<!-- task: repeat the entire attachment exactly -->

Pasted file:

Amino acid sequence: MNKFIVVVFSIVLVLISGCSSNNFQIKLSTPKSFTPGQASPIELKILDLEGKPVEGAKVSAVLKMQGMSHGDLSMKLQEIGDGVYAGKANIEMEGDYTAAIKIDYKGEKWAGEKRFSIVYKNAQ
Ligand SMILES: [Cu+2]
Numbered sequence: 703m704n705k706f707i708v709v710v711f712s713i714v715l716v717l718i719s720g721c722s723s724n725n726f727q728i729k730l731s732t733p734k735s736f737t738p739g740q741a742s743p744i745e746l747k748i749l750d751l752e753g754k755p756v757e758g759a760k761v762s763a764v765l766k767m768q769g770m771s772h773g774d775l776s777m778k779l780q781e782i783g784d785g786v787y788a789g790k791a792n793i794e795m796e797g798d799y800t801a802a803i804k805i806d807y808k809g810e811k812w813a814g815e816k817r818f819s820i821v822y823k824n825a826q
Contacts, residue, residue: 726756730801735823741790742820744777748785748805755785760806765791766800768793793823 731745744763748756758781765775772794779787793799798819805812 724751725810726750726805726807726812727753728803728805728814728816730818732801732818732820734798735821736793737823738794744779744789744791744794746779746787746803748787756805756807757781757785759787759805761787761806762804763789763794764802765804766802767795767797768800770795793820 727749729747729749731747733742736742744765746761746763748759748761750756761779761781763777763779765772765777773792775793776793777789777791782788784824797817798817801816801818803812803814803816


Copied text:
Amino acid sequence: MNKFIVVVFSIVLVLISGCSSNNFQIKLSTPKSFTPGQASPIELKILDLEGKPVEGAKVSAVLKMQGMSHGDLSMKLQEIGDGVYAGKANIEMEGDYTAAIKIDYKGEKWAGEKRFSIVYKNAQ
Ligand SMILES: [Cu+2]
Numbered sequence: 703m704n705k706f707i708v709v710v711f712s713i714v715l716v717l718i719s720g721c722s723s724n725n726f727q728i729k730l731s732t733p734k735s736f737t738p739g740q741a742s743p744i745e746l747k748i749l750d751l752e753g754k755p756v757e758g759a760k761v762s763a764v765l766k767m768q769g770m771s772h773g774d775l776s777m778k779l780q781e782i783g784d785g786v787y788a789g790k791a792n793i794e795m796e797g798d799y800t801a802a803i804k805i806d807y808k809g810e811k812w813a814g815e816k817r818f819s820i821v822y823k824n825a826q
Contacts, residue, residue: 726756730801735823741790742820744777748785748805755785760806765791766800768793793823 731745744763748756758781765775772794779787793799798819805812 724751725810726750726805726807726812727753728803728805728814728816730818732801732818732820734798735821736793737823738794744779744789744791744794746779746787746803748787756805756807757781757785759787759805761787761806762804763789763794764802765804766802767795767797768800770795793820 727749729747729749731747733742736742744765746761746763748759748761750756761779761781763777763779765772765777773792775793776793777789777791782788784824797817798817801816801818803812803814803816